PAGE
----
It asked the company to bring original records pertaining to the case, which had been given by Delhi Police for the probe. During the hearing, the bench also expressed displeasure over the manner in which various parties filed the affidavit on Singh's petition, filed in 2006, alleging tapping of his telephone by the government for "political reasons".
"We found that the affidavits were not in consonance with the law," the bench said, adding it was a very serious matter but the officials were very casual in their approach. The bench asked the Delhi government to place before it the status report on the probe into the case, detailing the progress in the investigation.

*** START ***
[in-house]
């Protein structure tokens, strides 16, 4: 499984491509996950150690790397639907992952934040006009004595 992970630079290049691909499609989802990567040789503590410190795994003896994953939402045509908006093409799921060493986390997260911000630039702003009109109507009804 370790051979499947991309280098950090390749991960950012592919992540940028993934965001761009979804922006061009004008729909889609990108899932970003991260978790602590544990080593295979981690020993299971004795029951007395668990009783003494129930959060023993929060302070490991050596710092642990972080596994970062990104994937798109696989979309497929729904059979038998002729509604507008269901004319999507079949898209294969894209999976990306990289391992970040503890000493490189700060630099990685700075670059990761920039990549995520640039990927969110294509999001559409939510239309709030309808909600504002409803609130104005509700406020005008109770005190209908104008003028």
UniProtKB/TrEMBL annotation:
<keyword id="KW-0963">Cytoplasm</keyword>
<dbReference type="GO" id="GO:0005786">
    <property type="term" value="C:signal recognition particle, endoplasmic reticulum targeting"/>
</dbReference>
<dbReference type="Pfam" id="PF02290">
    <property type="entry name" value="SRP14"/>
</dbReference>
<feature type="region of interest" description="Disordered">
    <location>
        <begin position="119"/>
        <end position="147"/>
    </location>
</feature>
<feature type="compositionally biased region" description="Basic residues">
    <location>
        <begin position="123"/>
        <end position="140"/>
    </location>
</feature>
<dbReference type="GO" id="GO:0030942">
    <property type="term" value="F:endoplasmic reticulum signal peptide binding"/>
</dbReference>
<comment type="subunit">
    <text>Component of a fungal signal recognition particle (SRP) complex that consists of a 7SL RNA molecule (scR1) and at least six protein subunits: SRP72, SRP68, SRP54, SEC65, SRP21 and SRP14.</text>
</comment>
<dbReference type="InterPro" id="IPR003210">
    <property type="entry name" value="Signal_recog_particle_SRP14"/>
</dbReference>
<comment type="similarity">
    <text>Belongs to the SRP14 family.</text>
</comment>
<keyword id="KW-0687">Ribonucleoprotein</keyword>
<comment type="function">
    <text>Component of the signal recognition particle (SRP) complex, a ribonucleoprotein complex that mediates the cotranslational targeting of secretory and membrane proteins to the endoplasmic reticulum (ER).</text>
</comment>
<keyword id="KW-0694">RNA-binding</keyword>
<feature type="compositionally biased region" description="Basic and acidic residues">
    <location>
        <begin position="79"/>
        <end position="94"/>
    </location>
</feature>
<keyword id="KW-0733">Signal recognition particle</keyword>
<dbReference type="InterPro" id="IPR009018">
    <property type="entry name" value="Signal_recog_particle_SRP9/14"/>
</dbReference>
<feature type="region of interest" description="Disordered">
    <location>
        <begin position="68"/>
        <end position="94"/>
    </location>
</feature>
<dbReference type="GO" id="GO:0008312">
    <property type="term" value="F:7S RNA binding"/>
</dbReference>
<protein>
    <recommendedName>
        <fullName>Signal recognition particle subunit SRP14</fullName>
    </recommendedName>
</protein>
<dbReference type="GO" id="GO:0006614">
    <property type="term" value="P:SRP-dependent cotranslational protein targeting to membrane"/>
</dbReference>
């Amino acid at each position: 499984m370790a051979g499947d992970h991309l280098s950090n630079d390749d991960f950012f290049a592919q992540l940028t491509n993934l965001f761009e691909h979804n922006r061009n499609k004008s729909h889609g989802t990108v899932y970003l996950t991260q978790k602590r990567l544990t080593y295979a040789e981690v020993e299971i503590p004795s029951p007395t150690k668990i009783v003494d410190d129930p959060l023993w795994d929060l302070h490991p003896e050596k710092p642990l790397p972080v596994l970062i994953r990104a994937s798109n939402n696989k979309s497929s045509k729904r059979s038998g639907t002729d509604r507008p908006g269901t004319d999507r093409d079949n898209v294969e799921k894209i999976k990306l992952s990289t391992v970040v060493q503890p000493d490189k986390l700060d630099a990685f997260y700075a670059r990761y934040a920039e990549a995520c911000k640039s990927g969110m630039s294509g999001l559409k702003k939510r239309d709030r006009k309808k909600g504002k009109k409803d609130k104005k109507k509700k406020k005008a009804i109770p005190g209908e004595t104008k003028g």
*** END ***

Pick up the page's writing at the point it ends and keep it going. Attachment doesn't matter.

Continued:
It directed Solicitor General Gopal Subramanium to ask Delhi Police to file its affidavit in accordance with the law and posted the matter for further hearing on February 9.
The petition filed by Amar Singh had raised the issue of "unauthorised" tapping of telephone and "cozy" relations between the government and some telecom service providers.
During the hearing, the bench was informed by Subramanium that the conversation was tapped on the basis of a "forged" letter. Four persons were being prosecuted in the trial in which examination of witnesses is on.